This cardboard goalie mask was given away at the 42nd NHL All-Star Game, hosted at the Chicago Stadium on Saturday, January 19, 1991. I believe these masks were not handed out upon entry, but instead put on all the seats at the Stadium ahead of time. However, my memory of 30 years ago is kind of fuzzy now. It’s a good thing I blogged about this game in 2011, as I remembered more back then. Now, if only my blog had existed in 1991.
Anyway, it is somewhat of a miracle that this mask survived in my collection the past three decades. What is even more amazing, though, is that I managed to get this goalie mask out of the All-Star Game in one piece and without any tears or creases. Now that I think about it, I do remember many of these masks littering the floor of old Chicago Stadium when the All-Star Game was over. It’s like people weren’t even trying.
The mask is quite large, measuring 14″ wide by 14.5″ tall; too big to be completely tucked into my All-Star Game program to keep it flat, though that is what I did, keeping most of the mask covered and hoping that someone’s beer — not mine, because I was only 15 — or soda wouldn’t get spilled all over it. The mask is made of thin, cheap cardboard that is flimsier than a Pro Set card. Again, quite the accomplishment to get this out of Chicago Stadium unblemished.
Despite the mask’s lack of structural integrity, it is actually designed pretty well. There are six slots along the strap so that it can be adjusted to fit heads of all sizes.
And while you might think that this mask was only intended for kids, I’ll be the first to point out –and demonstrate — that it fits an adult-sized noggin quite nicely, even wrapping around the sides and covering your ears.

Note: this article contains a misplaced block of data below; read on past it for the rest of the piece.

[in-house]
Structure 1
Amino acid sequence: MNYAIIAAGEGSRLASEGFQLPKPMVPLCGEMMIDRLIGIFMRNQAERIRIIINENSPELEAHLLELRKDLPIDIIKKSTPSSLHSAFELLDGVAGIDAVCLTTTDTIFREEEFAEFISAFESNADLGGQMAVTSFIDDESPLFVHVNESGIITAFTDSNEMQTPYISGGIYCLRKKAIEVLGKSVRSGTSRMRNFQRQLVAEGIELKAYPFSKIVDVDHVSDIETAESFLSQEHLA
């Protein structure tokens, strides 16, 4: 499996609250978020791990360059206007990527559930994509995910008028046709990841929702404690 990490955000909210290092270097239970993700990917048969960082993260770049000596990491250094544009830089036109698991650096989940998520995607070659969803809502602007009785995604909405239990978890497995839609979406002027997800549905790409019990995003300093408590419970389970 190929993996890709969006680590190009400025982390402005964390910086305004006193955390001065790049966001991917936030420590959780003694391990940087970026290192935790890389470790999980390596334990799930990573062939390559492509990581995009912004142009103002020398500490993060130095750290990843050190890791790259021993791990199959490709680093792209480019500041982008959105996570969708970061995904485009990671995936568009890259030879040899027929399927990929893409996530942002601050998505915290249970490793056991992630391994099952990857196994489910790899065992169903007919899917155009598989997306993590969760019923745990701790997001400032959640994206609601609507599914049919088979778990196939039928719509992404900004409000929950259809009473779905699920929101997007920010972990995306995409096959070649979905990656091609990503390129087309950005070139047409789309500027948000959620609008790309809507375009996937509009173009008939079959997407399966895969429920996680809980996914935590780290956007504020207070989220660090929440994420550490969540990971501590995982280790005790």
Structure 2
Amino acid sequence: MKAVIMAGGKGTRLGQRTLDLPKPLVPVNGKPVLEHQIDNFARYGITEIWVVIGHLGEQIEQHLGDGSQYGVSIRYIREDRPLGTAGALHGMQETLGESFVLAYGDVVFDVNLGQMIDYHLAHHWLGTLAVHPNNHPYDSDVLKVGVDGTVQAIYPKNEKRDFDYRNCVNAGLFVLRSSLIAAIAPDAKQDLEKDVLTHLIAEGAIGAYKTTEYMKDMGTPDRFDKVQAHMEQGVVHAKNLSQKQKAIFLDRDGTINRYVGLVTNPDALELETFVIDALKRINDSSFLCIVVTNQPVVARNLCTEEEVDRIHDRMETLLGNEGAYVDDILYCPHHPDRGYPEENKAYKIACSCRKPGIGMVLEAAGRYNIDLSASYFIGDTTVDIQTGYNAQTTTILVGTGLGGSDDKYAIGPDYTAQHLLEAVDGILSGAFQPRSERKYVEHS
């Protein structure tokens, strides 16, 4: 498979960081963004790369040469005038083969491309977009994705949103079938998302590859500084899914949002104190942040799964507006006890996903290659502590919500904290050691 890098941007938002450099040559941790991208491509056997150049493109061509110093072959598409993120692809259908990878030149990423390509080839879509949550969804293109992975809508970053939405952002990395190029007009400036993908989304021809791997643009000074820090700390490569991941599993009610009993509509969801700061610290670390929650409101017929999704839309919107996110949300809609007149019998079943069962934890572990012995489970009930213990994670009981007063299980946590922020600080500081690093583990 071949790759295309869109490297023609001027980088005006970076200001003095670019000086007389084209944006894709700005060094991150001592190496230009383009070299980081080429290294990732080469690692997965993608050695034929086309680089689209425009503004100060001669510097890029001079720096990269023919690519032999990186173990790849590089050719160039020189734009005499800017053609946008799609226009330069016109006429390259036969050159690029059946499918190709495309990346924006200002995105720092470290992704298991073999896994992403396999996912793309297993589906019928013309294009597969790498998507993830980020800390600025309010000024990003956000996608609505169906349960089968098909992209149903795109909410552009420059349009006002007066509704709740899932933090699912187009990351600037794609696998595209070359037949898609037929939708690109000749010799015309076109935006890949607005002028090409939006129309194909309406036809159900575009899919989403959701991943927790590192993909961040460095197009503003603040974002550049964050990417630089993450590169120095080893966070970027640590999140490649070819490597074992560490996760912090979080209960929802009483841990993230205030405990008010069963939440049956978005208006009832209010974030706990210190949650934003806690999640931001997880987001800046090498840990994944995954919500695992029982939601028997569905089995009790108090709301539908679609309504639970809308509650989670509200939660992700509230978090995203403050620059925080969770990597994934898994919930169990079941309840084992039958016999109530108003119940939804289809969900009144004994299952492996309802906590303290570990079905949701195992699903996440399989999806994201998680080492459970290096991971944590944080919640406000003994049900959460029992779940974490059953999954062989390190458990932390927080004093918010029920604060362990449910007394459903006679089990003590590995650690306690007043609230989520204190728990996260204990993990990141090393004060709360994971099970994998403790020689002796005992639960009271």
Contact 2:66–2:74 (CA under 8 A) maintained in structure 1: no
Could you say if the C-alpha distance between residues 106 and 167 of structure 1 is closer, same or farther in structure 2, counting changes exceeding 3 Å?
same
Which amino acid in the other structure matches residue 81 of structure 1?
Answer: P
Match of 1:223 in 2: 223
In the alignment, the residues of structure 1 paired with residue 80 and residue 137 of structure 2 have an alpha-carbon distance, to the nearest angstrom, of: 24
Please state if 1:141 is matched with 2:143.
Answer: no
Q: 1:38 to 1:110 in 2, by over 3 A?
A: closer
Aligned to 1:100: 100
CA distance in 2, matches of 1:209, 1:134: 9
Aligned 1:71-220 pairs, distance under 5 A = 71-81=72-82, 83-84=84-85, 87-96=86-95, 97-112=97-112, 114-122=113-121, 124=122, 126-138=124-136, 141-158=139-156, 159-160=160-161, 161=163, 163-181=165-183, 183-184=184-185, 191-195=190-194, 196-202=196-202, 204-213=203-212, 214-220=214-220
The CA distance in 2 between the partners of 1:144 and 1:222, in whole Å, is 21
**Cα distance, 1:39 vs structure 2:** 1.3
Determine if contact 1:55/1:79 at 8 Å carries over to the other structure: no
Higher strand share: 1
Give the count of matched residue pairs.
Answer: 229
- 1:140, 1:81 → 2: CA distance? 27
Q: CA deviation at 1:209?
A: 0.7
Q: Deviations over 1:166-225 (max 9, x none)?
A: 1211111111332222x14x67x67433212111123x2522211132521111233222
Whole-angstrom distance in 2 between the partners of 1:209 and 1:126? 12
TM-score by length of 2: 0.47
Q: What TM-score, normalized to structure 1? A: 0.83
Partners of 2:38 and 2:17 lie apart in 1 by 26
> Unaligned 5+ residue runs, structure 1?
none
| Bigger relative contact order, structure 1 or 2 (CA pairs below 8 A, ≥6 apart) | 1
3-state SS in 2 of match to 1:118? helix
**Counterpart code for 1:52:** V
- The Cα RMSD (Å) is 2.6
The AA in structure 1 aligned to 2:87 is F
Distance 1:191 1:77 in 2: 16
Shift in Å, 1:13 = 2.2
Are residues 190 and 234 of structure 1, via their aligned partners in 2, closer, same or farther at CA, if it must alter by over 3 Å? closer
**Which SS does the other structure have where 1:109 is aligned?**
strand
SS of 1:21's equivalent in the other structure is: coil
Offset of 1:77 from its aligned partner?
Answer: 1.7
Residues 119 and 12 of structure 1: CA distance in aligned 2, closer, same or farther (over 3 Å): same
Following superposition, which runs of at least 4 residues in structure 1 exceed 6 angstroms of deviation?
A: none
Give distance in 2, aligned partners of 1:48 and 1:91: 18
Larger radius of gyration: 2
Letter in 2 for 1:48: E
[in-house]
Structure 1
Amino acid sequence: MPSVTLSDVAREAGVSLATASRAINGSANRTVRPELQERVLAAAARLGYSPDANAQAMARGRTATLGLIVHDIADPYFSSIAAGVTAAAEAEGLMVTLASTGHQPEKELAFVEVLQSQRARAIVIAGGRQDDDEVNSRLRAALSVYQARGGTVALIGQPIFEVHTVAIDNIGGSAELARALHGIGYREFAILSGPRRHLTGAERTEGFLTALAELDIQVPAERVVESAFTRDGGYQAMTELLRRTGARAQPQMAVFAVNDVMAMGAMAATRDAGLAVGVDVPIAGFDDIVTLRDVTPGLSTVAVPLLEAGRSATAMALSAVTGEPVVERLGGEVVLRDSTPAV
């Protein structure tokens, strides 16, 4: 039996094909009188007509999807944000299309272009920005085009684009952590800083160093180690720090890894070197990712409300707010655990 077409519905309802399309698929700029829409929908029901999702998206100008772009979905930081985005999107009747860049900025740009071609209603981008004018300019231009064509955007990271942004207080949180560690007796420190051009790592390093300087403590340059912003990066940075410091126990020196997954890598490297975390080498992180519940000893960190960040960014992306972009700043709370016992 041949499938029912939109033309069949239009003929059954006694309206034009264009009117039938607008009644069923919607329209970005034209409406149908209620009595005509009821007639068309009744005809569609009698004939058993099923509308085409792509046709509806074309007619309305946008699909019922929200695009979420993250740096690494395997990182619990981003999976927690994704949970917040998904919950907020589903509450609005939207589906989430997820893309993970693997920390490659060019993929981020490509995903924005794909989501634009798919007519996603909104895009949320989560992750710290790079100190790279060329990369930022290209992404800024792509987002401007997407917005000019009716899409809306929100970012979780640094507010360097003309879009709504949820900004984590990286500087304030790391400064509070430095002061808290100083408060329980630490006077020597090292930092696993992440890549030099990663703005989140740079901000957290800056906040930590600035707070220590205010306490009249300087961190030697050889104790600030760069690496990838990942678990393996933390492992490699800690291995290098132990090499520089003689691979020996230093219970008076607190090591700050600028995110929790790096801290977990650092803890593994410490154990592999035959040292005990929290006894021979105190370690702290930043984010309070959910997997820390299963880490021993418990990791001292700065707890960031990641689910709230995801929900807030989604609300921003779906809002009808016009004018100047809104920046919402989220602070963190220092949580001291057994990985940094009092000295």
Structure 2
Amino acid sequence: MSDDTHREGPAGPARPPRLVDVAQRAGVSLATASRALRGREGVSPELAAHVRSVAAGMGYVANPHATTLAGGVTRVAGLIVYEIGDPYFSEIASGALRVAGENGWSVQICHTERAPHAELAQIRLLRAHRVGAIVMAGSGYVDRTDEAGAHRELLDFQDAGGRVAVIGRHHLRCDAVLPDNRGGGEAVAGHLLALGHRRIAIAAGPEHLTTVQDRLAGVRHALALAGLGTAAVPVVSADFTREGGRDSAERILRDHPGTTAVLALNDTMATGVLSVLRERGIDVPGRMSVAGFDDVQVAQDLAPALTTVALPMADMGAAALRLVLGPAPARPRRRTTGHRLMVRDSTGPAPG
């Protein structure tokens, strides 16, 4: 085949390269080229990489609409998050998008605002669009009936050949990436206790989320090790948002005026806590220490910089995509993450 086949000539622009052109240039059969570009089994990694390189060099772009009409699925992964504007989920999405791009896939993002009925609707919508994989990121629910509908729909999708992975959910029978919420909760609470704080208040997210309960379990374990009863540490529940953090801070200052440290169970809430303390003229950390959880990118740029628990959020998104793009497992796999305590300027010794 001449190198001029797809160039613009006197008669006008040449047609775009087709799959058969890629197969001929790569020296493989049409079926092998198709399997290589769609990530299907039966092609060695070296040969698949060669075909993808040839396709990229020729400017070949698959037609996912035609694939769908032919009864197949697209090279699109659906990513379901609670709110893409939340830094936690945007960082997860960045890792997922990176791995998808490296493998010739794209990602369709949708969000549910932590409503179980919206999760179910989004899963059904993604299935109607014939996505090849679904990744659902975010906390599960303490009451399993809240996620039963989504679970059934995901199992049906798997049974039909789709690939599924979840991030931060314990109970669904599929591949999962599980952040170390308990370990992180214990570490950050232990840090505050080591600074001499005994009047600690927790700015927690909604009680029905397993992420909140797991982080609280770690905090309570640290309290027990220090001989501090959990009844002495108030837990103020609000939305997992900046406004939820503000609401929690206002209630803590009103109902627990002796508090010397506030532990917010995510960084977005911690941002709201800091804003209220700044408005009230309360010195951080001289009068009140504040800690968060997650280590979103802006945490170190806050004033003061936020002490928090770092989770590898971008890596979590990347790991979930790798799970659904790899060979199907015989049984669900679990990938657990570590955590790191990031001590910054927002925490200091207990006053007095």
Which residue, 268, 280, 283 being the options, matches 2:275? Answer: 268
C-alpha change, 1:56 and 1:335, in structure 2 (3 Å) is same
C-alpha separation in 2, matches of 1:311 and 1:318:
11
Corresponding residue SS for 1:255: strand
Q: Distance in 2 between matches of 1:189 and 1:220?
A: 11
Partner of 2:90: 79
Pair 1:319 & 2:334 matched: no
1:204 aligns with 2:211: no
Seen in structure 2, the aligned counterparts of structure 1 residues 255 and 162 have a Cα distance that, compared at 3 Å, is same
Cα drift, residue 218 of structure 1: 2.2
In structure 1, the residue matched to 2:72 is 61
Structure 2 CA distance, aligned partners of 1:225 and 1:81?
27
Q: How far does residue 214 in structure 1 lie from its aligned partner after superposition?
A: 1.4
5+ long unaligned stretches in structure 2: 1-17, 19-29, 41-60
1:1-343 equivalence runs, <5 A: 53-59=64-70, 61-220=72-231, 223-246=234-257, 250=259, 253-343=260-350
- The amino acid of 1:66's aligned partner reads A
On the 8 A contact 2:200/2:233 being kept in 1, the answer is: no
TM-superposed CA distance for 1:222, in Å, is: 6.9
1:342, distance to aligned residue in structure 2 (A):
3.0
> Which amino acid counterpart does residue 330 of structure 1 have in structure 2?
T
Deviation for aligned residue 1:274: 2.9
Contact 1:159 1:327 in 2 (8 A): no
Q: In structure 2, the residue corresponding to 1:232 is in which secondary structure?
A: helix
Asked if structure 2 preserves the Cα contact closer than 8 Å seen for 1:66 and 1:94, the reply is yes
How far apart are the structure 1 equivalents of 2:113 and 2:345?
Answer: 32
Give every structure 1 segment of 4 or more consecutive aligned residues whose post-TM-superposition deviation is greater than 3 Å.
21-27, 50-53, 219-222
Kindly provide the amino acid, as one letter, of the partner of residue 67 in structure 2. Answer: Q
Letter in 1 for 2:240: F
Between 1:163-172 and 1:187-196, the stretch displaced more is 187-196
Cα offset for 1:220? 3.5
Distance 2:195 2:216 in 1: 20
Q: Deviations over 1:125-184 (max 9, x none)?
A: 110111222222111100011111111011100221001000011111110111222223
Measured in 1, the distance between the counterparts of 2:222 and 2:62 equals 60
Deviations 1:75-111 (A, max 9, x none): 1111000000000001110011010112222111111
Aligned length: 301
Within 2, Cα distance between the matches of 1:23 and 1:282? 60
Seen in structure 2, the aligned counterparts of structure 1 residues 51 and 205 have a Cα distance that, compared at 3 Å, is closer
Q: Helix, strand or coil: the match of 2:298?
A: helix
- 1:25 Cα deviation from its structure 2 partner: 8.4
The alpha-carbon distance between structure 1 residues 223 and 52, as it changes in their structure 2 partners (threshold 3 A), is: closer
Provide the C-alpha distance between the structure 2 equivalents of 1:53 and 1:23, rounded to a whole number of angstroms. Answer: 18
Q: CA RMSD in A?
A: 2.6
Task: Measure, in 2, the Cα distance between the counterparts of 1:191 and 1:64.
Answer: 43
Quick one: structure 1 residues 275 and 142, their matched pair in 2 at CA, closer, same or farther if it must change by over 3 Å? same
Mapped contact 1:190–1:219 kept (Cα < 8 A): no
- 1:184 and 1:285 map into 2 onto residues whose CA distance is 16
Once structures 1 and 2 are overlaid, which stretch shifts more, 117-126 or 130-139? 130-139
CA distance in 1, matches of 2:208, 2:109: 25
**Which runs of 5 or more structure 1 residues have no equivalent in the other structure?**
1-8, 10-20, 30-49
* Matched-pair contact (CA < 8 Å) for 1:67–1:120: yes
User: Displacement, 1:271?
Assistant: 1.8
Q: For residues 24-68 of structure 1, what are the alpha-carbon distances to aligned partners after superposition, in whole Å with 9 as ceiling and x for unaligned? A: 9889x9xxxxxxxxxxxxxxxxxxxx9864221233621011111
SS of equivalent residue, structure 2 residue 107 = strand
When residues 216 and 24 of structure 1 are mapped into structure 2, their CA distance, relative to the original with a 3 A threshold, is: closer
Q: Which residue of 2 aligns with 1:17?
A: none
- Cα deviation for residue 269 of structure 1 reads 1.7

The mask was a promotion by McDonalds, which is pretty obvious from the giant yellow “M” on the front. Also adorning the mask are the 42nd NHL All-Star Game logo and half of a yellow sun. I have no idea why there is a sun on this mask. I don’t think it was intended to be the sun character from the McDonald’s commercials. That being said, I’m not sure why the mask is an old style “Jason” mask, either, since the design fell out of favor in the early 1980s and no goalies were using it by 1991.
Despite the mask instructing us to cleverly “Put your face on when there’s a face-off,” on the front, it is also — albeit, more subtly along the strap — states that “This mask is not a safety protective device and should not be used in sports activity.” Make up your mind, McDonald’s!
One other bit of fine print reminds us that “Ronald McDonald Children’s Charities is the Official Charity of the 1991 NHL ALL-STAR GAME.”
Mad respect for RMC, but what I really want to know is if the 1991 NHL All-Star Game had official floor tiles, floppy disks or fruit-flavored snacks. Speaking of which, why aren’t Gummi Pucks a thing — and would this mask be strong enough to stop one?
Follow Sal Barry on Twitter @PuckJunk. ■